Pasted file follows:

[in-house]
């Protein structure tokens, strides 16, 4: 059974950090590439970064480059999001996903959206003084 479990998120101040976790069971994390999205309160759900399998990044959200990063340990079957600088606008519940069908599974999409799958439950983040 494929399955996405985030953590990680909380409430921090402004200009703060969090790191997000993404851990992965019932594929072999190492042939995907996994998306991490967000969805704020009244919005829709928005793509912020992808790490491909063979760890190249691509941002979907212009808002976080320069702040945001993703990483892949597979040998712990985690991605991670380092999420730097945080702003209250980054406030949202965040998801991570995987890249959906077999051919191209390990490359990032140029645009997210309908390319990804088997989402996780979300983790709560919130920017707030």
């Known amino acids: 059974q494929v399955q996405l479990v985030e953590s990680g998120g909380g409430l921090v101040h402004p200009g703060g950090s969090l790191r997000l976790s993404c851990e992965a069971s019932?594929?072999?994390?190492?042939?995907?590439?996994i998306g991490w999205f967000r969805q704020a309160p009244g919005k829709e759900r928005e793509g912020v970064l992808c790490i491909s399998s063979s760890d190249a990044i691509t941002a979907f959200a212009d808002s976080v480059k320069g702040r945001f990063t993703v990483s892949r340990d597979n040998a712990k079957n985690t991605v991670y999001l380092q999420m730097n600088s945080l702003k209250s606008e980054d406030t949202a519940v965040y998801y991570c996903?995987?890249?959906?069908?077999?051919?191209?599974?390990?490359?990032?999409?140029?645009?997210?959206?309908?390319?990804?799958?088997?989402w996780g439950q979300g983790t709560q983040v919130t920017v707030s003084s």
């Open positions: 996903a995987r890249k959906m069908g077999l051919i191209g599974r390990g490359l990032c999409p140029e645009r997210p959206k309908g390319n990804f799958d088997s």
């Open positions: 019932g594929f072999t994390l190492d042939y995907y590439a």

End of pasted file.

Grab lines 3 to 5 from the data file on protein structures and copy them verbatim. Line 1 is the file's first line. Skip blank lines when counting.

């Known amino acids: 059974q494929v399955q996405l479990v985030e953590s990680g998120g909380g409430l921090v101040h402004p200009g703060g950090s969090l790191r997000l976790s993404c851990e992965a069971s019932?594929?072999?994390?190492?042939?995907?590439?996994i998306g991490w999205f967000r969805q704020a309160p009244g919005k829709e759900r928005e793509g912020v970064l992808c790490i491909s399998s063979s760890d190249a990044i691509t941002a979907f959200a212009d808002s976080v480059k320069g702040r945001f990063t993703v990483s892949r340990d597979n040998a712990k079957n985690t991605v991670y999001l380092q999420m730097n600088s945080l702003k209250s606008e980054d406030t949202a519940v965040y998801y991570c996903?995987?890249?959906?069908?077999?051919?191209?599974?390990?490359?990032?999409?140029?645009?997210?959206?309908?390319?990804?799958?088997?989402w996780g439950q979300g983790t709560q983040v919130t920017v707030s003084s």
């Open positions: 996903a995987r890249k959906m069908g077999l051919i191209g599974r390990g490359l990032c999409p140029e645009r997210p959206k309908g390319n990804f799958d088997s």
């Open positions: 019932g594929f072999t994390l190492d042939y995907y590439a």